Shortly after the invention of the telegraph in the late 1830s, inventors attempted to develop a way to transmit sounds along electrical wires. But the process took decades to achieve full success. The earlier Reis telephone, mentioned in this review, used an intermittent electrical contact that rapidly connected and disconnected in order to create electrical impulses to transmit sounds, but it never achieved the fidelity needed to re-create understandable speech. Alexander Graham Bells' breakthrough was the use of "undulatory current" -- now known as "amplitude modulation" -- in order to send the sound currents.
Journal of the Society of Telegraph Engineers, 1876, pages 519-525:
BELL'S ARTICULATING TELEPHONE.
Attempts have been made for many years past to transmit musical or articulate sounds to a distance by means of electrical communication, and some of the early experiments of the late Sir Charles Wheatstone were accompanied with so much success that it was hoped that a time would come when an instrument might be constructed not only to register graphically certain audible sounds but to produce upon a diagram a set of signs by which the sounds of the human voice could be recorded; in other words, that it might become possible to construct an automatic reporter; and in the Loan Collection of scientific apparatus at South Kensington may be seen several instruments bearing upon these researches, and in which the vowel sounds are recorded by a series of distinctive curves.
In the year 1860, Philipp Reiss, of Friedrichsdorf, near Homburg, following the researches of Wertheim, Marian, and Henry upon the production of sounds by electricity, invented the telephone which bears his name, and which also may be seen at South Kensington. The telephone of Reiss is of two parts; a transmitting instrument and a receiver. The former consists essentially of a stretched membrane, which, by vibrating in unison with the impulses it receives from musical sounds played near it, transforms those impulses into a series of electrical currents by a simple make-and-break arrangement, and these currents acting on the receiving instrument, which may be hundreds of miles distant, reproduce the corresponding notes, so that a tune played at one station can be distinctly heard at the other.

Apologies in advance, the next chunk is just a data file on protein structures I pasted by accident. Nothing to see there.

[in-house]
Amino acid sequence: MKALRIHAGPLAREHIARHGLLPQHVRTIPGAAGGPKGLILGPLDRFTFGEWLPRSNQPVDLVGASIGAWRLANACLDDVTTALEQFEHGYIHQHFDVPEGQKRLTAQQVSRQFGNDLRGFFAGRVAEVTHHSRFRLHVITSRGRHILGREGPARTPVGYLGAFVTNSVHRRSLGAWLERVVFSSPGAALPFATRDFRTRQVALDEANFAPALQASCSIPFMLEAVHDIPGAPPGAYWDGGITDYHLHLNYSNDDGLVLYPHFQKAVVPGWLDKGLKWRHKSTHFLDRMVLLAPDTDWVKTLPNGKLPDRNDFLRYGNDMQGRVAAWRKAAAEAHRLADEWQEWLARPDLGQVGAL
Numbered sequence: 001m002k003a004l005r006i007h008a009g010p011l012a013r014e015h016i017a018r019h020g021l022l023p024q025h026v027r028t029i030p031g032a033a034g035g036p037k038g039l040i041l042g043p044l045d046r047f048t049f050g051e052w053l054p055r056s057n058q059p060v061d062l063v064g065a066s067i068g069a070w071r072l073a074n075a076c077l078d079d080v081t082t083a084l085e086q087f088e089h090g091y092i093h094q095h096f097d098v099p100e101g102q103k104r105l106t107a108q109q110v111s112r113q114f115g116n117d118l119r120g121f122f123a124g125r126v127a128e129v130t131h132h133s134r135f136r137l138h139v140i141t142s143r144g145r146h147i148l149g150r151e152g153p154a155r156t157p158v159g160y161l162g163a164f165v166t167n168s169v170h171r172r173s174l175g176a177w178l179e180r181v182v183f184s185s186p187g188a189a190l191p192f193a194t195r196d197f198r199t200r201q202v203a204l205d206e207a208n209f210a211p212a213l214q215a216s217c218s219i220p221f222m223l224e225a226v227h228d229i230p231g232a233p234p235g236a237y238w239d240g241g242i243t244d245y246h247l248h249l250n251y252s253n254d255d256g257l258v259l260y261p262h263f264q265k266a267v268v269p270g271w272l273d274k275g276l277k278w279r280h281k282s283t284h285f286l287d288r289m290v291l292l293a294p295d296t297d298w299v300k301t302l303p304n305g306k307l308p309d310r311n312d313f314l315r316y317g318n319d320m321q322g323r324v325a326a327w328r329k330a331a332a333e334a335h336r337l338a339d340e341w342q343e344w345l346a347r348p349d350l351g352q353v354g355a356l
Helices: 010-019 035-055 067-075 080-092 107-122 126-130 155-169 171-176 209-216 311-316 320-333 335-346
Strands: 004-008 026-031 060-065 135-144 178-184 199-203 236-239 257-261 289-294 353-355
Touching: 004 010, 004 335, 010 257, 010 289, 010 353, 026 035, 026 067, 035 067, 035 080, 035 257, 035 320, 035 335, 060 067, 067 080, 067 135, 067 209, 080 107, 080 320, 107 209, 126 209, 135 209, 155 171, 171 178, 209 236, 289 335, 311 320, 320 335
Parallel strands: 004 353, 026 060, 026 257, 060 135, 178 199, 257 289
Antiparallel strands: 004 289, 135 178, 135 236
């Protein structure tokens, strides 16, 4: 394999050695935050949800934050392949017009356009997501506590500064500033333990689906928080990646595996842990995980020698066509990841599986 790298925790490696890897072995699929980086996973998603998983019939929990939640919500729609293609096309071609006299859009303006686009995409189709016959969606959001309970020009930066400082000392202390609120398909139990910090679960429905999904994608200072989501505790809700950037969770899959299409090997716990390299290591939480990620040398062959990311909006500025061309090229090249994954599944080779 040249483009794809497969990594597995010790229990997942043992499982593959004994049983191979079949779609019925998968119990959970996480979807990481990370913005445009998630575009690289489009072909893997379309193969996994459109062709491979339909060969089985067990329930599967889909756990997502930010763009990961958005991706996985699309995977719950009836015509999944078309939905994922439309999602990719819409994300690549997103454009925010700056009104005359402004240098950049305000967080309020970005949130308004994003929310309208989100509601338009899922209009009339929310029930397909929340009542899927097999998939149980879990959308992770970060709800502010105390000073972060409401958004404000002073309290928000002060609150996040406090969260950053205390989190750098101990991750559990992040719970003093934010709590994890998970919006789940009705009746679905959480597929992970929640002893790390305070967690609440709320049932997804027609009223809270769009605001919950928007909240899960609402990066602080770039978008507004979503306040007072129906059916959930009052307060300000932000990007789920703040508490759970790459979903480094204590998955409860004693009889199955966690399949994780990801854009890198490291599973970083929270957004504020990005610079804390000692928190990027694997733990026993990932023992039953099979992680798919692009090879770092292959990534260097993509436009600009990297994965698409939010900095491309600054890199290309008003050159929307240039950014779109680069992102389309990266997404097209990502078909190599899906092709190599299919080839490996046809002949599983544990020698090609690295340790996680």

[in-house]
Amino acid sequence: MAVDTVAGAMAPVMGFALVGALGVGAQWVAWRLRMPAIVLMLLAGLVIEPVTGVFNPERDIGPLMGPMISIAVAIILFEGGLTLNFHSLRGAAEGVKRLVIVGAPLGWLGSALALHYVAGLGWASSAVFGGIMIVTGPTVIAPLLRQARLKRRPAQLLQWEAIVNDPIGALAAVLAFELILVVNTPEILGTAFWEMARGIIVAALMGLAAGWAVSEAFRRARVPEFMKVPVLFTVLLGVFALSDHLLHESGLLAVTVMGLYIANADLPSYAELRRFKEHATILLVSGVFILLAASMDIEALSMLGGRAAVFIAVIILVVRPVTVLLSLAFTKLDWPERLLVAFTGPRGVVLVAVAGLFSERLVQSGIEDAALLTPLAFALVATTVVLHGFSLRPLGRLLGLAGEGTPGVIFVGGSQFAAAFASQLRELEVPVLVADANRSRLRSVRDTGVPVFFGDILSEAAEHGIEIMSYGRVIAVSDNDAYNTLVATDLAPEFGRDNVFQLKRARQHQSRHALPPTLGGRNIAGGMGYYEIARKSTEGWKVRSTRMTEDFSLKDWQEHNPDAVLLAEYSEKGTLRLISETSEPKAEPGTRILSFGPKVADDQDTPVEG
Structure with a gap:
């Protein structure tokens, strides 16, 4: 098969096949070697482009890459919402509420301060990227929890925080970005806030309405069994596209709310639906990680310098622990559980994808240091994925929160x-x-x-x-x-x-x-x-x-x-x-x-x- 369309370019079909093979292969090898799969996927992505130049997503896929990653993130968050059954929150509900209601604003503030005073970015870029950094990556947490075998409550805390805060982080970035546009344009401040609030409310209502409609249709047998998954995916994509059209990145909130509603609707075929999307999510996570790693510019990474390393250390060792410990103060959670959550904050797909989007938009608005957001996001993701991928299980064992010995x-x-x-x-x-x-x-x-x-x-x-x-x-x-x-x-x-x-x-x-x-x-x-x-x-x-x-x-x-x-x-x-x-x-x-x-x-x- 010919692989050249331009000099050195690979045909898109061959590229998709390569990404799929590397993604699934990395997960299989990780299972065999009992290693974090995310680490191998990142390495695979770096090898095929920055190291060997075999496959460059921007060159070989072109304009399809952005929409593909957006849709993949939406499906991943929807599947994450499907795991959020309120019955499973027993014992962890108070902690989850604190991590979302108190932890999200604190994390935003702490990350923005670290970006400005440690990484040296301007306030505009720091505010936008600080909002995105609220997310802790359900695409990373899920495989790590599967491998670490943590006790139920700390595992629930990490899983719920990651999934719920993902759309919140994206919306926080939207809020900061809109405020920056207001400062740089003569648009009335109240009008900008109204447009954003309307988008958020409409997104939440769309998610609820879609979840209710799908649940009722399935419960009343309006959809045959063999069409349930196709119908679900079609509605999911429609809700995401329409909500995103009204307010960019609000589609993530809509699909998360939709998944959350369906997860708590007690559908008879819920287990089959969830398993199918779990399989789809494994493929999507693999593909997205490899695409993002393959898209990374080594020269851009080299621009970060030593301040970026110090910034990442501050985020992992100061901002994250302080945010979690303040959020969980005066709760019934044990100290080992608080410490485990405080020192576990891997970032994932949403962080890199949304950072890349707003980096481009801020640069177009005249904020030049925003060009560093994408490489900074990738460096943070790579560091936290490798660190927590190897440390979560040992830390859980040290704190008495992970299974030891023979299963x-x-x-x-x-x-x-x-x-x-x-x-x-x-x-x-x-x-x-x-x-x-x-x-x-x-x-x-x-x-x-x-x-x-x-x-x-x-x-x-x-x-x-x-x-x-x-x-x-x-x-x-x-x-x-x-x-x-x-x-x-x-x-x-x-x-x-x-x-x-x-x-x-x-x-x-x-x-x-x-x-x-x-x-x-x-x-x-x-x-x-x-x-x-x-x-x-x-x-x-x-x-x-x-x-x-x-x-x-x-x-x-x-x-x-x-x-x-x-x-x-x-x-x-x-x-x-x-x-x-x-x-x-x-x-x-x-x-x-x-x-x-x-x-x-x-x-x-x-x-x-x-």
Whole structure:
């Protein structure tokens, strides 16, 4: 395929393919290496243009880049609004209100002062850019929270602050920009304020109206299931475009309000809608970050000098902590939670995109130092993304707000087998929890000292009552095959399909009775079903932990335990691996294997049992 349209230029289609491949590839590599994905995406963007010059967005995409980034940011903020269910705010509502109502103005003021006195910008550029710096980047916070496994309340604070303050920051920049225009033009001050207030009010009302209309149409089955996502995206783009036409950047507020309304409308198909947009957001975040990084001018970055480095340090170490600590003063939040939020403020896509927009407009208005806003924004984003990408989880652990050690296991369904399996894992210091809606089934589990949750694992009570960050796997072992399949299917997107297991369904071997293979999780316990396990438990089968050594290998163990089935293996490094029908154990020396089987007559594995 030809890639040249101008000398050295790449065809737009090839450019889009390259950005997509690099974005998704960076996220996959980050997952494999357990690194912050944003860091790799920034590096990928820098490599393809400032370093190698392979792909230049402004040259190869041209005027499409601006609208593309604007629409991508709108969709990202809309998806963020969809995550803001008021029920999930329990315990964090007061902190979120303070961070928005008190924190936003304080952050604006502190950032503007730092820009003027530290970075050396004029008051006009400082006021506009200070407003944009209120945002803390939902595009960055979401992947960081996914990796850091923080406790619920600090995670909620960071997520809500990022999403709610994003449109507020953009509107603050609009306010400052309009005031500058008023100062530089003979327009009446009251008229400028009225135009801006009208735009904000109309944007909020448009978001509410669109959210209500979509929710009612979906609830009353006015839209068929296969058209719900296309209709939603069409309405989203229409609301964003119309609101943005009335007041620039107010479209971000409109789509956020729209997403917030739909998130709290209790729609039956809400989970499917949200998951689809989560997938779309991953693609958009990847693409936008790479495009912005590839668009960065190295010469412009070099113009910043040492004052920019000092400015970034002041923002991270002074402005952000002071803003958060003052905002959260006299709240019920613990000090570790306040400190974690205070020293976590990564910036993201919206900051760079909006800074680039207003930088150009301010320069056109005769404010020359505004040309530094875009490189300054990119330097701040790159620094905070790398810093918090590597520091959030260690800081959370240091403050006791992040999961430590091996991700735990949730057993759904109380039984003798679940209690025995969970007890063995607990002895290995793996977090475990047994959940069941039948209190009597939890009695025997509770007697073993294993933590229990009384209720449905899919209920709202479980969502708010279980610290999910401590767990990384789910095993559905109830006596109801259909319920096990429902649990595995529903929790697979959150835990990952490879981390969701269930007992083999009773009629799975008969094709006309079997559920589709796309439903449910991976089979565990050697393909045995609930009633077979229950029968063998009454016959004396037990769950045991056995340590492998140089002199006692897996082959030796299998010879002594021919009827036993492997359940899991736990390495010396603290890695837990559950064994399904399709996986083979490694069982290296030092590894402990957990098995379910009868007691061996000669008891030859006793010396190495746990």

The receiving instrument is founded upon the well-known phenomenon discovered by Page in the year 1837, that a distinct sound accompanies the demagnetisation of an iron bar placed in an electro-magnetic helix. It consists of a soft iron bar about the size of a knitting needle, surrounded by a helix of wire which forms part of a voltaic circuit with the transmitting instrument, and for intensifying the effect both instruments are provided with sounding-boards, or resonators. From the above description it will be seen that if a note which makes (say) one hundred vibrations per second be sounded in the neighbourhood of the transmitting instrument, its membrane will make one hundred corresponding vibrations, making and breaking the voltaic current one hundred times, and producing one hundred demagnetisations in the receiving instrument for every second of time, so that exactly the same note that was sounded in the transmitter will be audible at the distant station. It is obvious that the duration of, and time between, two notes must be identical at both ends of the conducting wire, and thus is reproduced automatically and without a possibility of error the elements which make up melody, viz., correctness of note combined with measure of time.
Following Reiss in Germany, Elisha Gray in America constructed in 1874 his far more perfect electric telephone, in which the transmitting instrument consists of a vibrating reed, which is at once a note-producer and a rheotome or contact-breaker. It is tuned like the reed of a harmonium to its proper note, and when adjusted can only transmit to the receiving instrument the number of currents per second corresponding to the vibrations producing its note. Elisha Gray's receiving instrument is electrically similar in principle to that of Reiss, but consists of a horse-shoe electro-magnet, mounted upon a wooden sounding-box or resonator, with a heavy armature attached to its poles. The transmitting instrument is provided with a key-board similar to that of a harmonium, and each note has its corresponding key and vibrating reed.
The same inventor has since introduced his splendidly worked out telephonic telegraph, by which four or more distinct messages may be transmitted in the Morse code simultaneously along a single wire. This apparatus depends for its principle upon having a vibrator at the receiving station, tuned so as to be affected only by its corresponding transmitter at the sending station, and thus the receiving instruments along a line of wire have the power of selecting those messages intended for themselves and letting all others pass. This has also been accomplished by a Danish engineer, M. Paul Lacour, who employs vibratory tuning-forks for transmitting the impulses, and a series of corresponding tuning-forks, each arm of which is inclosed in a magnetic helix for the selecting instrument. This selecting instrument can be used either as a receiving telephone, or by being employed as an intermediate relay may transmit the signals to ordinary telegraph instruments.
We give herewith illustrations of the transmitting and receiving instruments of Mr. Graham Bell's articulating telephone, by which the sound of the human voice may be transmitted by electricity along a telegraph line, and heard, as a voice, at the other end.